2. Why does the first guess have to be wrong? When the first guess is right – through coincidence or refined number sense- a whole new set of questions come out like: ‘Is that the only answer?’ ‘Can we prove that it’s the only answer?’ ‘Can you provide answers that are wrong?’ ‘Is there a visual representation for why it’s the only answer?’

  3. Bowen Kerins says:

    Thanks for the questions!

    1. The reality is that it will take more than two guesses for the first such problem. Ask students to continue focusing on keeping track of their steps, getting the “rhythm of the calculations” (as Al would say). What I’d want to hear is a student who gets sick of guessing and says “Stop it already! Whatever number you use, it’s just going to be…” That kid is ready to generalize. I have seen it taught explicitly by asking students to take three guesses, then the fourth guess is a variable. I feel it should be up to the student to decide when to generalize, which may at first take many guesses.

    You can also “preload” this behavior by using the same tactics when building expressions for things like “3 less than a number” — do “3 less than 20″ then “3 less than 50″ until “3 less than n” makes sense.

    2. These are great, great questions, and well worth asking. I also feel that if a student can determine the correct answer by some means, they shouldn’t be required to also create an equation to solve the same problem. It’s math for no purpose at that point. It’s good to present a mix of problems that have ‘nice’ answers and ones that deliberately do NOT have nice answers. The first problem we present using this method is one from Benjamin Banneker, we call the “four fours” problem:

    There’s this number. When you add 4 to it, subtract 4 from it, multiply it by 4, or divide it by 4, you get four different answers. That’s not too interesting, but the four different answers add up to exactly 60. What is the number?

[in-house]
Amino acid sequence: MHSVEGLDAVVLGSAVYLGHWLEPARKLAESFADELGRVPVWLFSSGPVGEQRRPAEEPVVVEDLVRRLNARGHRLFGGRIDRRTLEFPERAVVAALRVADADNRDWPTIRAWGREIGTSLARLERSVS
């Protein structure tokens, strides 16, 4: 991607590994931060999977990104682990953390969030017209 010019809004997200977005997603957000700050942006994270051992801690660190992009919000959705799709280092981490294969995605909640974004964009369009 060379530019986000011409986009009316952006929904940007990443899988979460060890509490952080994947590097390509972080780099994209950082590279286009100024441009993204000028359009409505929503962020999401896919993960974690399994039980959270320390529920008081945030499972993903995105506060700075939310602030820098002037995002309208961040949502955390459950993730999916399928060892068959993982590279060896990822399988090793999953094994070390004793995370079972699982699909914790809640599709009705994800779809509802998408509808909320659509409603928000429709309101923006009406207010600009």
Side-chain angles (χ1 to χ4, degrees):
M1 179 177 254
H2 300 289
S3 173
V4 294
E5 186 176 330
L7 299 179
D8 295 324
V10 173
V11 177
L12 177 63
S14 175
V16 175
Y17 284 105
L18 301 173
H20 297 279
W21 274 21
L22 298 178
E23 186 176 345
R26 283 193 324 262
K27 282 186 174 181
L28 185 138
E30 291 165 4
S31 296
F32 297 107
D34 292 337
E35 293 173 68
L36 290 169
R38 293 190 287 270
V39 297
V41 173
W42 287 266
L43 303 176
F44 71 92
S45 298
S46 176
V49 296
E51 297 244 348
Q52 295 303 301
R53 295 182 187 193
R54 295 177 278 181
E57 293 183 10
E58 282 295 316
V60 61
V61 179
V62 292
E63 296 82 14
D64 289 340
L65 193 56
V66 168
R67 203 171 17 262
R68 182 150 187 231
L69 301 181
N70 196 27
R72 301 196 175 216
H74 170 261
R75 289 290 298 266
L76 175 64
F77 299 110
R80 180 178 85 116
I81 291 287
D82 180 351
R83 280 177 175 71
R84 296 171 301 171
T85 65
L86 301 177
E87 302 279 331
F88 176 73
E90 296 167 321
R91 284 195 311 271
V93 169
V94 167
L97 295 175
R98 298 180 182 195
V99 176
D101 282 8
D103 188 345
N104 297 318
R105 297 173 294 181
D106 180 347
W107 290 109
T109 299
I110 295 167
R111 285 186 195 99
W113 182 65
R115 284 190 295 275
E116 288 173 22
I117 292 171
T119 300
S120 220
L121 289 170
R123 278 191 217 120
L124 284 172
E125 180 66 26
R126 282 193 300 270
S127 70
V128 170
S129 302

(Banneker’s original phrasing flips the question: Divide 60 into four such parts that the first being increased by 4, the second decreased by 4, the third multiplied by 4, the fourth part divided by 4, that the sum, the difference, the product and the quotient shall be one and the same number.)

    I like this problem because it’s simple to take a guess, students should eventually be generalizing, and the equation is relatively necessary to find the answer. Plus, the problem is over 200 years old!

  4. Pingback: dy/dan » Blog Archive » Guess-Check-Generalize

  5. Another advantage of this method is that it puts metacognition right into the process from the beginning: because students start by asking the question “is this actually right?” and maybe “how far off am I?” I think they would be more likely to ask those questions at the end, too. Good stuff!

  6. Christopher says:

    Chattanooga. She wanted to ride the Choo-Choo.

    Here’s my concern with the scrubbing calculator-different from yours, I think.

    I don’t get how the scrubbing calculator helps the student who is struggling with the set up. In the original post I read about it, Bret writes:

    This is a simple problem, but it’s not obvious. It typically would require either writing out and solving an equation:
    2910-x=426+x
    or recognizing the “trick” that we have to split the difference.

    Then he sets up two equations, 2910-1000=1910 and 426+1000=1426 and “scrubs” until they are equal. I’m fine with this, but I find that for this problem, the same insight is required for either technique. Namely, that we need to add to one person’s total and subtract from the other one.

    This seems like a fundamental structural insight. In my experience with community college developmental mathematics, this is the insight students struggle with and not so much the solving of the equation. So let’s just be clear about what the scrubbing calculator does and what it does not.